• Having Iroha interact with her classmates creates a sense of ease: Homura, Sayaka and Homura were shown as being very distant from their classmates, and when the truth behind the Witches was made known, they had no one to turn to. Left to their own devices, Sayaka succumbed to despair and morphed into a Witch, Madoka gave her old life up to create a better world, and Homura would ultimately be driven insane by her desire to give Madoka happiness, creating a new world whose implications were never explored. By connecting Iroha with her classmates, it hints at the fact that she values those around her, in turn increasing her reasons for surviving and finding her sister.

  • Because of subtle differences between Madoka Magica and Magia Record, my inclination is to suppose that the overall themes in Magia Record will differ than those covered in the former. While some messages might make a return, the old themes of sacrifice are unlikely to take the forefront in Magia Record simply because that path has already been tread. A spin-off provides a fantastic chance to explore different ideas, and so, Magia Record has a strong opportunity to delve into facets of being a magical girl that Madoka Magica did not cover.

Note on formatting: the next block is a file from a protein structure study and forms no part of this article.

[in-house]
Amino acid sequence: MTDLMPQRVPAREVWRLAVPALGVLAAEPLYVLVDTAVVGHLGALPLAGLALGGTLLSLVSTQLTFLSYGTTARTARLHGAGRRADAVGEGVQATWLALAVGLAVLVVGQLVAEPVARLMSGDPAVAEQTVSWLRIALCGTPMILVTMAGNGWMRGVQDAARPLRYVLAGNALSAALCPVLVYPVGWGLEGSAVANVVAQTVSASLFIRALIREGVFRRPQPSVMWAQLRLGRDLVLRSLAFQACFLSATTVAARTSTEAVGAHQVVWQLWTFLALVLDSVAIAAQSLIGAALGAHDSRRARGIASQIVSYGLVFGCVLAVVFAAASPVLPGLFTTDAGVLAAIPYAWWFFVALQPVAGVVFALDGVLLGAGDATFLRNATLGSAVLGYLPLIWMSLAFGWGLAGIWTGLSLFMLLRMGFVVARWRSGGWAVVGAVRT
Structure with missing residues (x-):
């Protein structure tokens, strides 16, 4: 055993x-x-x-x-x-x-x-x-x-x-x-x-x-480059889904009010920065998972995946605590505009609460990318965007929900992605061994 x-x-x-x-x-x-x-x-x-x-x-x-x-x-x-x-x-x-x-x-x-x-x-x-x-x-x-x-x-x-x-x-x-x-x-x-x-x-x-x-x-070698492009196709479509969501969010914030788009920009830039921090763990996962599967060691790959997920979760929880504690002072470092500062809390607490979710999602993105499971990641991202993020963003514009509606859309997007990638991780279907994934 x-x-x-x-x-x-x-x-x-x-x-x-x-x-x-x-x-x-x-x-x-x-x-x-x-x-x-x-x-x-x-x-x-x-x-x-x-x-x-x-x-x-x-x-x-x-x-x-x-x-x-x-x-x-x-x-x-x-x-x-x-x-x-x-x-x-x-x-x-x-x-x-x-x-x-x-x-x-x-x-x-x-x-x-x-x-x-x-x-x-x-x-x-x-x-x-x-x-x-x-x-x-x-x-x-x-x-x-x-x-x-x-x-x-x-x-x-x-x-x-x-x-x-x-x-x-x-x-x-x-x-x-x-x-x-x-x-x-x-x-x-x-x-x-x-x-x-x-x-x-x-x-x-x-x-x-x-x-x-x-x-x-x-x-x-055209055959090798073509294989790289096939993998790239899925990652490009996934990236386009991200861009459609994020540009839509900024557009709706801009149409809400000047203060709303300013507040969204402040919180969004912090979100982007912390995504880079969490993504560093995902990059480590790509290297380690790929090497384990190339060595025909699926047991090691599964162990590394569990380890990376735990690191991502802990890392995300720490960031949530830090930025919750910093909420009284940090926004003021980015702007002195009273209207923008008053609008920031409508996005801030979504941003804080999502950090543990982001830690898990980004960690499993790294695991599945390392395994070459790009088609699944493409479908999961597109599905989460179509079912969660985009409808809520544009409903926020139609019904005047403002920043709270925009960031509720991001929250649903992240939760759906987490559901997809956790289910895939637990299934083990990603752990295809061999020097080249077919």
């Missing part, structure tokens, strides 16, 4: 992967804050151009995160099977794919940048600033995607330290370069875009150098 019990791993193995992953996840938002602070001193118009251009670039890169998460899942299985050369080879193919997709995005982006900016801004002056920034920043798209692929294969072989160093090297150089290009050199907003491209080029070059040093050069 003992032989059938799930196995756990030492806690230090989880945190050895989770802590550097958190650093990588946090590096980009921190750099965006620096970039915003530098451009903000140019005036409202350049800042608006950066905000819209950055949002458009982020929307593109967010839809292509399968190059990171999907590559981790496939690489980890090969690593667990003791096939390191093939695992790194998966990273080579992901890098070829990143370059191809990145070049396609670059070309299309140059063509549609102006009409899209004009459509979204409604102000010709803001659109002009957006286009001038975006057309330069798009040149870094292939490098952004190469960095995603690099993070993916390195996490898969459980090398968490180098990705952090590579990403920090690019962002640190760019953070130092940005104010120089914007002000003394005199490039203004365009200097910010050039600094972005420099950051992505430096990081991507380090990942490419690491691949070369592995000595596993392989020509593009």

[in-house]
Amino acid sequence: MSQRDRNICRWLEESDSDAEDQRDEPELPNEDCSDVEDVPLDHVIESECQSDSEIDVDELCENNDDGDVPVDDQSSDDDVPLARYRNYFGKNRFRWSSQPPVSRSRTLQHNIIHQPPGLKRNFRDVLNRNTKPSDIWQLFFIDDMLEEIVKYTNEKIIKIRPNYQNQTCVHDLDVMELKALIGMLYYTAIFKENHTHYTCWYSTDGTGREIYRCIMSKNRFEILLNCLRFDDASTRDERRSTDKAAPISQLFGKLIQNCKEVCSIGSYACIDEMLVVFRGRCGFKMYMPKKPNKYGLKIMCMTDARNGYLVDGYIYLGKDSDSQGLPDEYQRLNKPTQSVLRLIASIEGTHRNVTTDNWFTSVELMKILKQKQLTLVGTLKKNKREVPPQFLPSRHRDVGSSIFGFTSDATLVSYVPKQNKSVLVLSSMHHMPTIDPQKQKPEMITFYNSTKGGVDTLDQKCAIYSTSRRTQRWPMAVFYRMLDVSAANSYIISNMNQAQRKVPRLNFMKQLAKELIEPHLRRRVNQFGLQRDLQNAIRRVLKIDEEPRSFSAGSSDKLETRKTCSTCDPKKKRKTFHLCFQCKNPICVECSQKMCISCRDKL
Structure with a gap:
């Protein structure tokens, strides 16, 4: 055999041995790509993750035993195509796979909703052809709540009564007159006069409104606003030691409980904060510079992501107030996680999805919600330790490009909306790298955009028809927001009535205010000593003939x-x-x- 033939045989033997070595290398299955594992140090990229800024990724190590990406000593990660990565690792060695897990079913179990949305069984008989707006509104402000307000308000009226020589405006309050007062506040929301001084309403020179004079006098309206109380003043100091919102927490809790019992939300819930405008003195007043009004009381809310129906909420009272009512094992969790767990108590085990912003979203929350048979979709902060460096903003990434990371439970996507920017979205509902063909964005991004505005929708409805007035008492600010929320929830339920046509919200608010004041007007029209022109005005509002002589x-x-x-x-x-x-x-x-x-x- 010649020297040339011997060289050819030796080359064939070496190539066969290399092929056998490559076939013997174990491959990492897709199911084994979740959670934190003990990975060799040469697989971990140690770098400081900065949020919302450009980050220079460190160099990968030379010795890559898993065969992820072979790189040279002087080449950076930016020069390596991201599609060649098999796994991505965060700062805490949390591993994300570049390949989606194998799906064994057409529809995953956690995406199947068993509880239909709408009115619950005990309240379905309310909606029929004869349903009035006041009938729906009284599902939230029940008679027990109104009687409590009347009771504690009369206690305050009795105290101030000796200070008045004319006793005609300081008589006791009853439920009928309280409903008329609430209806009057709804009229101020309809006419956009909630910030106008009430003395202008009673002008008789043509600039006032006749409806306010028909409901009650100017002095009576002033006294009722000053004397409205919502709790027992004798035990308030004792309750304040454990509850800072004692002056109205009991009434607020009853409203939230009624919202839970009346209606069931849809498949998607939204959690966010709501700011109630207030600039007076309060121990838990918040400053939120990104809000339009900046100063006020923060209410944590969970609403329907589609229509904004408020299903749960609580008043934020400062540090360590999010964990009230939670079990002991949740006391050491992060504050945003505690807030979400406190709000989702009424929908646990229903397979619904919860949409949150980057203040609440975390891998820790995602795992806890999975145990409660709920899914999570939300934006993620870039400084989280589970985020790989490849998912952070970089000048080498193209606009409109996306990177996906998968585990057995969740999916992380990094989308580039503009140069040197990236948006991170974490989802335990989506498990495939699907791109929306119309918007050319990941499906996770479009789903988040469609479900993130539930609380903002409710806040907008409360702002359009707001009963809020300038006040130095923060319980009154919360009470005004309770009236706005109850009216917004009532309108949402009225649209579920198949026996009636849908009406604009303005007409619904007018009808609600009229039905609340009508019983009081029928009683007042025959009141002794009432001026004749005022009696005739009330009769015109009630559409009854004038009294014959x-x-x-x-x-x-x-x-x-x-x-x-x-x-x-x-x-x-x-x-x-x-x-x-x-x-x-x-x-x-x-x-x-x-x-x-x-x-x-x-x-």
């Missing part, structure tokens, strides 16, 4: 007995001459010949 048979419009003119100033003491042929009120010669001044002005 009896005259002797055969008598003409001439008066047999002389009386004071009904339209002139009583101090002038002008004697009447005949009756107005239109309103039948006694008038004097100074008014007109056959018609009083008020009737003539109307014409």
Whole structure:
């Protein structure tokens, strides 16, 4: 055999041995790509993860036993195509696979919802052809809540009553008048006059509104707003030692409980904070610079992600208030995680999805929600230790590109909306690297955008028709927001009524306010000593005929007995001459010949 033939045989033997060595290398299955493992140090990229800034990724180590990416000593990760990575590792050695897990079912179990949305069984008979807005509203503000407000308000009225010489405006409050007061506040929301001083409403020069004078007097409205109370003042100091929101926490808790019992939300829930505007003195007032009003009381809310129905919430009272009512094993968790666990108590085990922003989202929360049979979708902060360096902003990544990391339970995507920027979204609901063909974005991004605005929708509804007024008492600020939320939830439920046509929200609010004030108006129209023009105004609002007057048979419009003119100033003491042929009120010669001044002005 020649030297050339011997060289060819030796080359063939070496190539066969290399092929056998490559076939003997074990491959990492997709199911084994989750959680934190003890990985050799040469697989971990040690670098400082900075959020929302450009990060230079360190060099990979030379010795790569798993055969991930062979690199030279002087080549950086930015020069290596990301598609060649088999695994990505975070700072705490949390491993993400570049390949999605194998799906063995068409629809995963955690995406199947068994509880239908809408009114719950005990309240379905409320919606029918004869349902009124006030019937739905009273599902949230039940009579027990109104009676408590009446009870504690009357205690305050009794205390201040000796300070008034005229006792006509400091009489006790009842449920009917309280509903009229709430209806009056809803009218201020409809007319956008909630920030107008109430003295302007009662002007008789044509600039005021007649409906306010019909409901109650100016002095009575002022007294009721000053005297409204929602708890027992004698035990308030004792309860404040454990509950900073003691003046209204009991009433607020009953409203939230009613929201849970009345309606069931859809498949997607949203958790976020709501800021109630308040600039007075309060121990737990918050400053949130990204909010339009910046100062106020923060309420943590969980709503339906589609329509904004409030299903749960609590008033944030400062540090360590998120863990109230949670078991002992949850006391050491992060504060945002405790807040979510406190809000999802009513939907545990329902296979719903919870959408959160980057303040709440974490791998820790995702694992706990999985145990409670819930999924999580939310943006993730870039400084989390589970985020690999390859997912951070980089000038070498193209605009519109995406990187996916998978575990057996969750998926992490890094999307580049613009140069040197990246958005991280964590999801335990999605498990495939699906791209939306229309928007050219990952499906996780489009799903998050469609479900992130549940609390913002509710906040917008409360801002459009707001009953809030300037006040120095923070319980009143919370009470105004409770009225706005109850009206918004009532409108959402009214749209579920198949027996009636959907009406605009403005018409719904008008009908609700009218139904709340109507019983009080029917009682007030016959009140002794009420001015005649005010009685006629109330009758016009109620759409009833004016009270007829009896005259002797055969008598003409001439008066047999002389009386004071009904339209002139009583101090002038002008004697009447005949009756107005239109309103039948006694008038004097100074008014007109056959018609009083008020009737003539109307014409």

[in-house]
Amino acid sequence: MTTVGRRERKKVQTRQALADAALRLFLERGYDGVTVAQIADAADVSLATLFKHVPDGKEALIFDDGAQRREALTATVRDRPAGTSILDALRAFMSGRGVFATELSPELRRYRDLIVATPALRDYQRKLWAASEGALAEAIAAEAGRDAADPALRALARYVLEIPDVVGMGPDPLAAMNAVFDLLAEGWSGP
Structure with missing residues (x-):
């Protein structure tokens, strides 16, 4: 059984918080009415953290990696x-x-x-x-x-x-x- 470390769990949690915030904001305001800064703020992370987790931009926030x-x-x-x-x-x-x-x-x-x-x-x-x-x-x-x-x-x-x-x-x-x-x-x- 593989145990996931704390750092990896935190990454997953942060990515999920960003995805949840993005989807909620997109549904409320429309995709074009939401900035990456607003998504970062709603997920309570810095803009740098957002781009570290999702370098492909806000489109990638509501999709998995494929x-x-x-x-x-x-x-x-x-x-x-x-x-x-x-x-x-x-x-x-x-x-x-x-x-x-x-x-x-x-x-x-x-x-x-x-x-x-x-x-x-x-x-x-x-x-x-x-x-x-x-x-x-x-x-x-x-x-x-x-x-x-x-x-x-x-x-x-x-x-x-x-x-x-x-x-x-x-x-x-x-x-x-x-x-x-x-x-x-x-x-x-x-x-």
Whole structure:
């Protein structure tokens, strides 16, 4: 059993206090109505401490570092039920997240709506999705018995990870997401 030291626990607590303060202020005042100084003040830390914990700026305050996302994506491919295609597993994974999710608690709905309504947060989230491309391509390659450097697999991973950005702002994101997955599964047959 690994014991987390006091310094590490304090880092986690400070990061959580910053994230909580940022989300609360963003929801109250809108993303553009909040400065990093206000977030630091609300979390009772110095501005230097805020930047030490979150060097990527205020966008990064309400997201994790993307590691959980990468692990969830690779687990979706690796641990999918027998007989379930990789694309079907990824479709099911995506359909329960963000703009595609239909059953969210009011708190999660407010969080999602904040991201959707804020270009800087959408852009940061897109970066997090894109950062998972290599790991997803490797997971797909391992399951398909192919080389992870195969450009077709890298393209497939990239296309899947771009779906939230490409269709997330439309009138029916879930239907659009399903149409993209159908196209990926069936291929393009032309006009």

• The Witch that Iroha and Kuroe square off against prove to far exceed their capacities to fight. Folks who’ve played the smartphone game will likely already be aware that Iroha was never geared for DPS, and Kuroe’s weapons seem similarly ineffectual. While Iroha and Kuroe seem the counterparts to Madoka and Homura, there are marked differences in their personalities and intentions, mirroring the idea that Magia Record is less likely to focus on sacrifice.

  • Mid-battle, Iroha is entranced by a smaller Kyubey and ceases her attacks on the Witch. Alone, Kuroe’s weapons have next to no impact on this monstrosity, and her fate seems to be sealed until a new Magical Girl enters the fray. This is Nanami Yachiyo, a veteran Magical Girl with well-rounded abilities. Having been fighting Witches for seven years, she’s reserved, mindful of the rules surrounding Magical Girls and in the anime, summons spears as her primary weapon. She was originally more friendly towards other Magical Girls until learning that becoming a Witch was what awaited them.

  • Nanami combines traits from Mami and Homura: at the age of nineteen, she’s BTDT and strikes a fine balance between Mami’s confidence during combat, as well as Homura’s caution and reluctance to depend on others. Despite only making a short appearance in Magia Record‘s first episode to briefly lecture Iroha and Kuroe, the fact that she’s introduced so early on, and that she’s been around the block means that her character will likely return in the future.

  • After one episode, discussions on Magia Record are prominently focused on the characters and the series’ callbacks to the original Madoka Magica, although I’ve caught wind of at least a handful of individuals on Tango-victor-tango asserting that Magia Record‘s cast of Magical Girls is a study in the dangers of Faustian bargains. Colloquially known as “a deal with the devil”, the Faustian bargain entails a trade where one receives their desired benefit at a high moral or personal cost, after the medieval legend of Faust, who exchanges his soul to the devil for unlimited knowledge and ultimately agrees to being enslaved by the devil.